What is your educational background?

I guess you can say that my educational background is science heavy. I got my Bachelor of Science in Biology and Mathematics from the University of Missouri Columbia. My Master and PhD degrees were obtained from Miami University. My Master’s was in Zoology and PhD in Cell Molecular and Structural Biology with an emphasis on neuroscience.

What is your current occupation?

I am currently a post-doctoral fellow at the University of Virginia. My research focuses on understanding how cells of the innate immune system affect neuronal activity and cognition.

What or who got you into STEM?

This is a hard question! As far as I can remember I have been in STEM. It could very well be because I have always shown an aptitude to the field, or because my father was trained as a physicist.

What is the biggest challenge/barrier you have faced as an African in STEM?

Finding my place in the fray so to speak.For me, it has always been hard to find people who look like me in my studies.I remember in my undergraduate advance math classes, I was often the only black person or only black woman. Later on as a graduate student and as a postdoc, I find that if I run into any problem, it is hard for me to find someone to reach out to. Don’t get me wrong, I have been fortunate to have great mentors throughout my career; many come to mind as I write this. But it would have been so helpful to have someone who has had similar experiences to mine to tap when needed. As such, I always feel as if I am a little apart from everyone. I have gotten used to the feeling now. I have found ways to resolve problems that I encounter and have found ways to incorporate into and participate in each community I join.

How do you think your background/upbringing has been beneficial in your journey/career?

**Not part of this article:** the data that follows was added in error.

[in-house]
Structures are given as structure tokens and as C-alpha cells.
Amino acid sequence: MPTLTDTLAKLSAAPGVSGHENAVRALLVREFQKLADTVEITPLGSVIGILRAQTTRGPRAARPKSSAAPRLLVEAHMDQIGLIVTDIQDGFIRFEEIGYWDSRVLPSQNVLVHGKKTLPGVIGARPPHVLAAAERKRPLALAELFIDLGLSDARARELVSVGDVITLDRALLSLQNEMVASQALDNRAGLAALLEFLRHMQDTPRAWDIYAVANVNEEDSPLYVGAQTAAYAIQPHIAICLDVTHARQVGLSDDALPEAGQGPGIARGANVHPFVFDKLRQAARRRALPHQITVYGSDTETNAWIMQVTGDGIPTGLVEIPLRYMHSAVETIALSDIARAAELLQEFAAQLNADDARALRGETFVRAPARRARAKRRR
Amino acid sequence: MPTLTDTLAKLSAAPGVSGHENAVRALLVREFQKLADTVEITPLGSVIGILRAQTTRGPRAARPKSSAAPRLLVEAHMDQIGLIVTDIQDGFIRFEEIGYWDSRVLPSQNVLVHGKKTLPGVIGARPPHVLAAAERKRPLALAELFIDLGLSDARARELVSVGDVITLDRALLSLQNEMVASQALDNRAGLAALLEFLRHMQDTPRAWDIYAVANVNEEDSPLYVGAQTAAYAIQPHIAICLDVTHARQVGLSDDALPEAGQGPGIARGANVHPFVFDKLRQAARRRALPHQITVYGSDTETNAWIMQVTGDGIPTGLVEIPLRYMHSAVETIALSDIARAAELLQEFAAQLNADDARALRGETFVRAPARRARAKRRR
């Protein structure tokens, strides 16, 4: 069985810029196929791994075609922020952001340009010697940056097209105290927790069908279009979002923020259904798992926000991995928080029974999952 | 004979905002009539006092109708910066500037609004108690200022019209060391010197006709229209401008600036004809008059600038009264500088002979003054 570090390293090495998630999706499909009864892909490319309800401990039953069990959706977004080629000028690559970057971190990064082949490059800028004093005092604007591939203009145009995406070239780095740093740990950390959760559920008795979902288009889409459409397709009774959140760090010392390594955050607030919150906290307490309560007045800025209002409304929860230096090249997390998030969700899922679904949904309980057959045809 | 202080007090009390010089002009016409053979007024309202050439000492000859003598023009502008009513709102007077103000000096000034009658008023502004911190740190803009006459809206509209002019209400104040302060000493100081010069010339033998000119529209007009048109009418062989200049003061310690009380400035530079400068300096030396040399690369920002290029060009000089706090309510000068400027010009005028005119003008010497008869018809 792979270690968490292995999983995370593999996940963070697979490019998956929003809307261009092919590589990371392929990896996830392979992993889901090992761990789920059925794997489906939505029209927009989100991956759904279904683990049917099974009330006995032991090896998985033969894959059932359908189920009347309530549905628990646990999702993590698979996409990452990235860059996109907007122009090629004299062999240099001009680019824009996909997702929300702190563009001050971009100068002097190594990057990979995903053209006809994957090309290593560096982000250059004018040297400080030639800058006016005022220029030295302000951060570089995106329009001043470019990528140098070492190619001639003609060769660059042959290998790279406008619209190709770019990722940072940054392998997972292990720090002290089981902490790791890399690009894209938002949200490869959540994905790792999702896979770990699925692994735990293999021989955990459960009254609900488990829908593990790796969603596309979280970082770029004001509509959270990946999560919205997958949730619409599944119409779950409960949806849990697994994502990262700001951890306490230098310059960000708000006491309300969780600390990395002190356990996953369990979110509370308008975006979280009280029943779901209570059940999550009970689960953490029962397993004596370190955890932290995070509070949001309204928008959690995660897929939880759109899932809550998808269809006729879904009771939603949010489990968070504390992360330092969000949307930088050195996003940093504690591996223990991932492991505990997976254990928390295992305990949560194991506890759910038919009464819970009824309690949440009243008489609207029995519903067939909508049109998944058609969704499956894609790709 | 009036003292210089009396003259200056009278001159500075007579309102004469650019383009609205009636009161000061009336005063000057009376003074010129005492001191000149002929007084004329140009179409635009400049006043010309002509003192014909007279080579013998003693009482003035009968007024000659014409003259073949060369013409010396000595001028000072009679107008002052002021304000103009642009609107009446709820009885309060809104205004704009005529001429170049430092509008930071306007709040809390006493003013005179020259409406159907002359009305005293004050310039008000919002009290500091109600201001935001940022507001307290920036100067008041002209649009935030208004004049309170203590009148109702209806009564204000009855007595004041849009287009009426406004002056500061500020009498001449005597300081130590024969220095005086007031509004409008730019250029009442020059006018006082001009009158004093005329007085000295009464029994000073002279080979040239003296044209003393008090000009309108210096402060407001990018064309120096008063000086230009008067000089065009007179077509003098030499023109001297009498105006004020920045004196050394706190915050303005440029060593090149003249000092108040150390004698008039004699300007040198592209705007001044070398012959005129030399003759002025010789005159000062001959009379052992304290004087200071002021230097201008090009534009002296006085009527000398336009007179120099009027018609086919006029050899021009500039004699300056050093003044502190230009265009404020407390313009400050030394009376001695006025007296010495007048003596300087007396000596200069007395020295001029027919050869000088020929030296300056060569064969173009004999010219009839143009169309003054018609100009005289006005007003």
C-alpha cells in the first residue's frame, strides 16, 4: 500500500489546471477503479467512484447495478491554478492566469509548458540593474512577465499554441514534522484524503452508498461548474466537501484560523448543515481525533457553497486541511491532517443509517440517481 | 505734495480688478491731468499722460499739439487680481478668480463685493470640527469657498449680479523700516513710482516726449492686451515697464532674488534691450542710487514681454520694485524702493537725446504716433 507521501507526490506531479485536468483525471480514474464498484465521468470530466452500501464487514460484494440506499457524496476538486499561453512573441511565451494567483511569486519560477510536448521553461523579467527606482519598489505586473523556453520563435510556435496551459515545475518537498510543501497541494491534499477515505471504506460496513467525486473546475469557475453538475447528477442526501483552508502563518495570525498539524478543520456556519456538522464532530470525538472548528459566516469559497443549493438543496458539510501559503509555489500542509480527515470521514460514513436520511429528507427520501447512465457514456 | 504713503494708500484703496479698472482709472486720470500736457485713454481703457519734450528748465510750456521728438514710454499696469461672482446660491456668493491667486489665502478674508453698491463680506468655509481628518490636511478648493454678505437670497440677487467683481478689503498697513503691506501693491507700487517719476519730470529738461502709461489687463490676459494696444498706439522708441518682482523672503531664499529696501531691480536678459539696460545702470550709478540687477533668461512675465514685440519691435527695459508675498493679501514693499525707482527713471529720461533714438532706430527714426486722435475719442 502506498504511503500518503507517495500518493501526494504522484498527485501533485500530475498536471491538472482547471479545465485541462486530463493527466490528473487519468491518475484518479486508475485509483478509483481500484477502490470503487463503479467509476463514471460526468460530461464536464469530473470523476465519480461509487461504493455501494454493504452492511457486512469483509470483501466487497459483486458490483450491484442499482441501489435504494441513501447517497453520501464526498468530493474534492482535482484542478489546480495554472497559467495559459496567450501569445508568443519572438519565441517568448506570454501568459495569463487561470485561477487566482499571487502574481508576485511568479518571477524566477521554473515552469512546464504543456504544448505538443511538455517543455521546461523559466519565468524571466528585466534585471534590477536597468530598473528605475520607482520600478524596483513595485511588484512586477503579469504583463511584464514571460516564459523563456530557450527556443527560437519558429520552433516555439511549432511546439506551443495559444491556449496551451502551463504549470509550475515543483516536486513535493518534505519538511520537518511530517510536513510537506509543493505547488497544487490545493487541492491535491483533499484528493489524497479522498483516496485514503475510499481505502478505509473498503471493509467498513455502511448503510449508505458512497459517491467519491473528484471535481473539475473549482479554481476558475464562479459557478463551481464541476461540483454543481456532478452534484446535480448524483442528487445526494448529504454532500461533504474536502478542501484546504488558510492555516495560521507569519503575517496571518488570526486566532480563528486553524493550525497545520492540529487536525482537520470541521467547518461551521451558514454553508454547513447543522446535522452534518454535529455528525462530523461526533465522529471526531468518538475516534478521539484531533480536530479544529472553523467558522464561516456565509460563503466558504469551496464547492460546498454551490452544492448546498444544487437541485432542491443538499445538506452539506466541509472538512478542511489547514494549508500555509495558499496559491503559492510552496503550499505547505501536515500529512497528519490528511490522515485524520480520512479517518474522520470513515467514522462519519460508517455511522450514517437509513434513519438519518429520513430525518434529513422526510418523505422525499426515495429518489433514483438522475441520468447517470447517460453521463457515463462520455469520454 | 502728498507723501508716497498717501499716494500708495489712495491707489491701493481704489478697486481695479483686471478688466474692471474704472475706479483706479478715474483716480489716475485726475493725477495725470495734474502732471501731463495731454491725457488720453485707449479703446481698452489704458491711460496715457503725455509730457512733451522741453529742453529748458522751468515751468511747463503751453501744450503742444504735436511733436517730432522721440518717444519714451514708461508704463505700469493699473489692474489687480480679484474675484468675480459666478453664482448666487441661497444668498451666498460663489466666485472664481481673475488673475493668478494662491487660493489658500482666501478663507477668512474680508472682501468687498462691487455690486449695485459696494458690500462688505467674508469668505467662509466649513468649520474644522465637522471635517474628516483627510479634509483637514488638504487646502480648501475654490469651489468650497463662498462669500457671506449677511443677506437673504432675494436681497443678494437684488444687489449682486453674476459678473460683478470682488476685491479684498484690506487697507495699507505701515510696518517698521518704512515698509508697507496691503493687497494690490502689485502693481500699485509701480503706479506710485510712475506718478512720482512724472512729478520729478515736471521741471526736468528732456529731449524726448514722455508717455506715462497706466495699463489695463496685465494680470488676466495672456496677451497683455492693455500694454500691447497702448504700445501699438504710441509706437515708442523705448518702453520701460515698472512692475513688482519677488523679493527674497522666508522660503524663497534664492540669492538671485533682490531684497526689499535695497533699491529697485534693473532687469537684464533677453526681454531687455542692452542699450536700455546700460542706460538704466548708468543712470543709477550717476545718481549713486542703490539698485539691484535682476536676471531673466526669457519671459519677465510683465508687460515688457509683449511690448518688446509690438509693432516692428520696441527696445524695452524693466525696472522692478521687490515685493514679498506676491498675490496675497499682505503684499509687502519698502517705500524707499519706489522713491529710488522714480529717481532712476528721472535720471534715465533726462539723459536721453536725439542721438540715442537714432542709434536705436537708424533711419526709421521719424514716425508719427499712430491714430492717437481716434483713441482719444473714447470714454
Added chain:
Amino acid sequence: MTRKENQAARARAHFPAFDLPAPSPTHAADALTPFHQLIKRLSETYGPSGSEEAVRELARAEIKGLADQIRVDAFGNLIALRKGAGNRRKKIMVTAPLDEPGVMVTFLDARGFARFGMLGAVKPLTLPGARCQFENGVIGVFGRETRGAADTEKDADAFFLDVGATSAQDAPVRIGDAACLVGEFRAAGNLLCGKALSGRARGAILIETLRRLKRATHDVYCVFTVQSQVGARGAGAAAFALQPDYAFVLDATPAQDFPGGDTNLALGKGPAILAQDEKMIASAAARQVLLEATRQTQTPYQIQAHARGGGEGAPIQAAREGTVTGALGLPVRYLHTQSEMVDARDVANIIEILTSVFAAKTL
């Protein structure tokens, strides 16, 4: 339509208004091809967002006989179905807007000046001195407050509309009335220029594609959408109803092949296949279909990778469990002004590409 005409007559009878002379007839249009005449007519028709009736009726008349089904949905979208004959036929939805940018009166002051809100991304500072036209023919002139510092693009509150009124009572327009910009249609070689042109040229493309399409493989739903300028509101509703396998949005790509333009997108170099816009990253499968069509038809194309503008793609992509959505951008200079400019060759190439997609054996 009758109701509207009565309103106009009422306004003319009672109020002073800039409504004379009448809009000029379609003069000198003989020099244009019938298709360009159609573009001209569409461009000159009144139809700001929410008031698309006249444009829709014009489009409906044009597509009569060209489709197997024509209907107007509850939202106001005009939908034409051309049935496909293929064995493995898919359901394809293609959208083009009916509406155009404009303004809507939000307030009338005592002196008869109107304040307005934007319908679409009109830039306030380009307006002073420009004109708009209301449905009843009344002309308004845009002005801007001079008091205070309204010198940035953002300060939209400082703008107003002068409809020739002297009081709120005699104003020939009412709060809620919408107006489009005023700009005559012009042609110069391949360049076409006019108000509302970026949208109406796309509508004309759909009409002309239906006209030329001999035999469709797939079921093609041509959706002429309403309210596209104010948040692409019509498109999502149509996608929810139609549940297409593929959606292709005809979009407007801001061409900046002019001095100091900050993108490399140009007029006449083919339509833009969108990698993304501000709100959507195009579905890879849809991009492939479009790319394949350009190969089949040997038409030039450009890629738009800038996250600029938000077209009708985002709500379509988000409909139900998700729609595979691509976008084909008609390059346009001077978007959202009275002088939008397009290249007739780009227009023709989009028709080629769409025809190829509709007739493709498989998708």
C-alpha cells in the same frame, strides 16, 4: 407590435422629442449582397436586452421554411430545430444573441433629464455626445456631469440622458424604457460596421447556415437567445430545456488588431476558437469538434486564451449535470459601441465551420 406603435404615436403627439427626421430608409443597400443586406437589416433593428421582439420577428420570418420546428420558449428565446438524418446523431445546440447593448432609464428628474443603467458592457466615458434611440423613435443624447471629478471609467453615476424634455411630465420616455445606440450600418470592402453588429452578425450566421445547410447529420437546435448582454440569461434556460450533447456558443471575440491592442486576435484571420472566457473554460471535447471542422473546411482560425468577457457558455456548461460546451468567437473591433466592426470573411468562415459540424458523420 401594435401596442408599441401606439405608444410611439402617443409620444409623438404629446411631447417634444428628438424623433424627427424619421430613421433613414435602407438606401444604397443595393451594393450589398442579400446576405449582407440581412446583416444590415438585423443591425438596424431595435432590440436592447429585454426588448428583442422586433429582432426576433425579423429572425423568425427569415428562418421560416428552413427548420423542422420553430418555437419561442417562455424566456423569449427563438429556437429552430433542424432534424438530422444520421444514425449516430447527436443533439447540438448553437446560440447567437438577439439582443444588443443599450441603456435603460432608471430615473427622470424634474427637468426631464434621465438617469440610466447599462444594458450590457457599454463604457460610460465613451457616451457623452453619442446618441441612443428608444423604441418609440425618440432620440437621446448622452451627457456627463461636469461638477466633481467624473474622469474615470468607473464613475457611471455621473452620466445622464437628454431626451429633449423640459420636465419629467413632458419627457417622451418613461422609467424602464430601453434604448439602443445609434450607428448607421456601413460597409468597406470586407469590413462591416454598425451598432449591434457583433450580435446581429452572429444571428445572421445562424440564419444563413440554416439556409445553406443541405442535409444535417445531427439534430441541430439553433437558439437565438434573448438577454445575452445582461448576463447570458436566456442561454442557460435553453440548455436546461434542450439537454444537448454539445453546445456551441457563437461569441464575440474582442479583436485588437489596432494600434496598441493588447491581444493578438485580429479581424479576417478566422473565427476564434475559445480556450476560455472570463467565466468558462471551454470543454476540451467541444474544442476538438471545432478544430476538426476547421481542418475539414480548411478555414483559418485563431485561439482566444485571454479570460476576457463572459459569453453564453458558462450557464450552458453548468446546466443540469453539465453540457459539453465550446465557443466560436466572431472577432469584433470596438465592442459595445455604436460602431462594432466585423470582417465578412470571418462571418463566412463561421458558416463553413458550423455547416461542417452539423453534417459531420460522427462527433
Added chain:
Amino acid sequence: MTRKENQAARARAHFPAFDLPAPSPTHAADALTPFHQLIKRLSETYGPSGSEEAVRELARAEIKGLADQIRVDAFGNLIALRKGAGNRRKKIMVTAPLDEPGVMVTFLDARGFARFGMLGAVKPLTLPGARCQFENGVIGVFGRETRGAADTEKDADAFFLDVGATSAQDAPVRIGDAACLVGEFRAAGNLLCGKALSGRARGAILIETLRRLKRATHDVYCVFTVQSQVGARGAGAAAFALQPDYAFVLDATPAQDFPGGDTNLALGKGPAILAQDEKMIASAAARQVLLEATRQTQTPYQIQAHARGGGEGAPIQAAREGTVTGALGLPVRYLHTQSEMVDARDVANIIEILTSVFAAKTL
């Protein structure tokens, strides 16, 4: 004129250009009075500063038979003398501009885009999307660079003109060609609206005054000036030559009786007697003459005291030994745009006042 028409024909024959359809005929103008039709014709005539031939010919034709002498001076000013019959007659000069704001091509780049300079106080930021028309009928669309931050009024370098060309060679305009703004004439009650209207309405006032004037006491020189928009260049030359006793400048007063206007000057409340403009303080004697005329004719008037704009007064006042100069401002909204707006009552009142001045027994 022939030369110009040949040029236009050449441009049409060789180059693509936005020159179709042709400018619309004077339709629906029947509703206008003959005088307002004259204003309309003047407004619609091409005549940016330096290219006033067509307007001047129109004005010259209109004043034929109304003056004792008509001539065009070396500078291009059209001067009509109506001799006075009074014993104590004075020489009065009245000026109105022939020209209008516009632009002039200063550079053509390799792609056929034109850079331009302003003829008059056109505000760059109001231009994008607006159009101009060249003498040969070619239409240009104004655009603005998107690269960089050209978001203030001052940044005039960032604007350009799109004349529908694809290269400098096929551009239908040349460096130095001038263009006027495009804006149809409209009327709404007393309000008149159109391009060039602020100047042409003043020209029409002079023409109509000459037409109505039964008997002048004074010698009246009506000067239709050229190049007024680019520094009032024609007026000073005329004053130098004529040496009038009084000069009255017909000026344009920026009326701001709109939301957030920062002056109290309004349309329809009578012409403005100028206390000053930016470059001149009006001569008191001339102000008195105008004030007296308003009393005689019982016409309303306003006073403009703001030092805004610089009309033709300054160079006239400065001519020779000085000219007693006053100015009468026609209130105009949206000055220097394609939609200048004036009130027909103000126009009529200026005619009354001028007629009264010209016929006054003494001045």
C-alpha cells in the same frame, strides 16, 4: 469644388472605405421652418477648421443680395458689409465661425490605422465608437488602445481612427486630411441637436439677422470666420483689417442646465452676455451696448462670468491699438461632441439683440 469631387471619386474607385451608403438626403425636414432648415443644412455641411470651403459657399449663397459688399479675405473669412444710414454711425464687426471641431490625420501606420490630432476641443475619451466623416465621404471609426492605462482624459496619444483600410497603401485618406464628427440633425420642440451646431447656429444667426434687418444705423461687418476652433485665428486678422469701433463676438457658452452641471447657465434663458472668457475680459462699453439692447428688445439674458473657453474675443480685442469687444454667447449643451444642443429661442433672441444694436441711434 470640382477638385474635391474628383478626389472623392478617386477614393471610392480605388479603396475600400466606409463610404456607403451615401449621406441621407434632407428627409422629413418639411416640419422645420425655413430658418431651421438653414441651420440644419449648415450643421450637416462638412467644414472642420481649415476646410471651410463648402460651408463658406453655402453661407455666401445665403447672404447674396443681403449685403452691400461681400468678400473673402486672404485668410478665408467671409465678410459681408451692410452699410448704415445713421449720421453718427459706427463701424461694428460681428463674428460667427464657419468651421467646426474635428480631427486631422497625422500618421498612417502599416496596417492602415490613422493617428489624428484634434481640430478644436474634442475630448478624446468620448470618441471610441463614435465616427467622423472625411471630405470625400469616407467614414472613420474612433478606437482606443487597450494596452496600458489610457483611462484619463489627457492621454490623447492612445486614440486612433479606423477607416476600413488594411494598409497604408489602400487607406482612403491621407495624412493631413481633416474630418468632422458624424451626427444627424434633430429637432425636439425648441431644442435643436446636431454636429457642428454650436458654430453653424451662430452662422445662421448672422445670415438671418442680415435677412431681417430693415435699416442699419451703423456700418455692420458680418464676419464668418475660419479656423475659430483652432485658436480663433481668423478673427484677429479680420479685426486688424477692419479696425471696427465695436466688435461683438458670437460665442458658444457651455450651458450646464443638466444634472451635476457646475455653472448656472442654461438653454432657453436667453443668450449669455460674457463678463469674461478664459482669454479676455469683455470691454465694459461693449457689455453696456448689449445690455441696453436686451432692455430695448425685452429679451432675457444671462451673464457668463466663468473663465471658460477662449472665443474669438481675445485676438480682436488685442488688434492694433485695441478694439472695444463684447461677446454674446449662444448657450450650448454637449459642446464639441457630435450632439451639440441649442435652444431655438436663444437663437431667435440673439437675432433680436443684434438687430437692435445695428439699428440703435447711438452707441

It is hard to choose an answer to this question. I believe that many of the norms that I learned growing up have helped me so much in my career. For example, the idea of giving 100% to the work you are doing. I honestly believe my success thus far as a scientist is due to the perseverance and work ethic that has been instilled in me. Ideas like finishing what you start or that things getting harder just means you try harder rather than quitting are principles that have been instilled in me since I was a kid. However, the most beneficial thing in my journey has been my belief. I know it is corny, but I cannot recount how many times my mother would say ‘oh well it did not work because God did not think it best for us. On to the next thing’ :). As a scientist, you become an expert in failure. I swear it feels like 95% of all our experiments fail. Many of our hypothesis go by the way side. So embodying the idea embedded in my mother’s words had really made it possible not to dwell on my failures.

How do you think we can start to change the narrative surrounding African contributions
to global STEM research & careers?

I think highlighting the contribution of African scientists is a great first step. Starting to educate the younger generation on the contribution of Africans to the development of STEM field will greatly improve how the STEM community views us. Unfortunately, we ourselves do not know much of the contribution our forefathers have made to science in general.

What advice would you like to give to young, aspiring Africans in STEM?

Our brains were given to us to understand the cosmos. So don’t let negativity and lack of resources deter you from your dream. In science, you are limited by your creativity. So dream big and dream wild!